After attending thought provoking presentation “Is Outsourcing Dead?” by Cliff Justice, KPMG and Lee Coulter, Ascension Healthcare, I have some observations. It looks like the whole dynamics of the industry is changing, and that this represents a fundamental shift in thinking rather than a temporary trend.
The leaders among business services organizations are embracing a new global delivery concept, which KPMG calls “Extended Global Enterprise” or “EGE”. EGE includes end-to-end processes, with internal resources and outsourced service providers working together towards the goal of delivering high-value services.
As a result of this paradigm shift, client expectations are changing. Service providers need to adjust or become irrelevant. Forget about transactional long-term mega-deals with the emphasis on back office and TCO metrics. Labor arbitrage is more and more out of the equation. Some argue that even location matters less. All of which begs the question of whether outsourcing is dead or is instead evolving into something broader and wider than the traditional ìmodel? I think that the latter is true.
The new EGE includes outsourced partners, not just vendors, where clear business and financial alignment are crucial, where value is expected at every customer touch point. The focus is on smaller Agile partnerships that are “best of breed” and best of geographical locations, delivering solutions for the middle and front office. Cloud, social, mobile, and big data change the rules of engagement fast. Amazon Web Services capitalized on these game changers and has emerged as the leading EGE.
We at Waverley believe that organizations should position themselves to benefit from the latest developments and the “new normal” dynamics of the industry. To us it means working smarter, not just faster and cheaper.
We’ve been working in Eastern Europe for more than 8 years now, and it’s always been obvious to us that it’s a great location to build a productive software development team. My thoughts about it were echoed at the recent IAOP Summit in Phoenix. In addition to encouraging macro and regional industry trends, we noted that interest in Ukraine and Belarus as outsourcing technology destinations is growing. Looking at the latest developments and the case studies presented from Eastern Europe region, we came away from IAOP with palpable feeling that the world of outsourcing doesn’t revolve around blockbuster multi-million dollar deals anymore. Well thought-out and thoroughly-executed technology deals with smaller 5 to 50-person teams offshore lead to great ROI for both partners by utilizing an Agile approach and enabling innovative thinking. These deals move the client experience towards that of a consultative approach, as opposed to simply offshoring work that could have been done in-house. At Waverley our teams have always been small and focused, and we believe great designers and developers and an experienced management team paired with a well-executed Agile process are critical to a successful globally-sourced product development cycle.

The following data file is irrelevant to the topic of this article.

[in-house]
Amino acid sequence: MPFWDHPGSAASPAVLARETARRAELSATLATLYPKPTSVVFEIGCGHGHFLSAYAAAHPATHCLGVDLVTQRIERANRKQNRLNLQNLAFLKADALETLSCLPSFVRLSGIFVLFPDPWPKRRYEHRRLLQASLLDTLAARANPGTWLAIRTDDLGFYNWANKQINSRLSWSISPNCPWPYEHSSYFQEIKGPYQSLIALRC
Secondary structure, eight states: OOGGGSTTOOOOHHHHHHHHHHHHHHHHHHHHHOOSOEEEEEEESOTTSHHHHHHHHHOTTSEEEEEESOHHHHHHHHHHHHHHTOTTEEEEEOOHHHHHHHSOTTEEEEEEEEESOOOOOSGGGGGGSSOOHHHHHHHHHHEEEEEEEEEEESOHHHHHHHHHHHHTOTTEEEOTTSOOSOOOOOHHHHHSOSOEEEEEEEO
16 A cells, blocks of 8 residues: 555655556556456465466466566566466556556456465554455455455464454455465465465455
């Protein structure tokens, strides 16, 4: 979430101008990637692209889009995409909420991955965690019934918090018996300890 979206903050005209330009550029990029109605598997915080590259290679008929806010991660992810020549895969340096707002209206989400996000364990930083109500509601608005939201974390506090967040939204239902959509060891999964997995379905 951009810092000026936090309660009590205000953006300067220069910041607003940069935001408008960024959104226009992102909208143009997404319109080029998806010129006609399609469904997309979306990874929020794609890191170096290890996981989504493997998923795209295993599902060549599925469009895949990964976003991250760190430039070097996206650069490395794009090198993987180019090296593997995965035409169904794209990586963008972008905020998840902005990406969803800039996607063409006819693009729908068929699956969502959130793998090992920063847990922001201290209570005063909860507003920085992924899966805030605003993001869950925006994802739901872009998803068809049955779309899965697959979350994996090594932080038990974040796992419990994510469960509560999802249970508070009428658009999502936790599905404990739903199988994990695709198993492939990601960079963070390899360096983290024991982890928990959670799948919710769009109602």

Last week, Waverley attended its second Most Valuable Professional (MVP) vendor summit at the Microsoft campus in Redmond. Like almost everyone else, Microsoft is working hard to manage and reduce costs and get the most out of the dollars they spend on their vendors. Comparing what’s going on at Microsoft to some other large companies we work with, we see some trends.
Providing services to large companies is going to require more effort on the part of both the procurement departments, the consumers of the services provided and the vendors they work with. Procurement processes will face increased standards and solutions will need to be scalable across groups when possible. In order to control costs, large buyers are centralizing procurement functions and instituting policies regarding RFP’s and PO’s that help ensure buyers are getting more for their money. Governance will be more important than ever. We expect all vendors will have to provide more information to justify costs, work to creatively address the needs of their customers and actively drive their customers to find new ways of doing more with less. Buying in bulk will become more common and those vendors that can be flexible and scale will have an advantage.
Operational excellence has been and continues to be critical to the success of the vendor/buyer relationship. We expect the buyers of services to work harder to learn from their vendors and not just buy bodies to fix problems. We also expect more limited strategic vendor relationships. Standing still has never been a path to success and will be even less likely to work in this economic environment. Competition is going to drive relationships to be more effective and productive and the innovation that results should improve outcomes for all parties. We’ve always worked hard to have the best people, management and process and we believe that effort will pay off for everyone.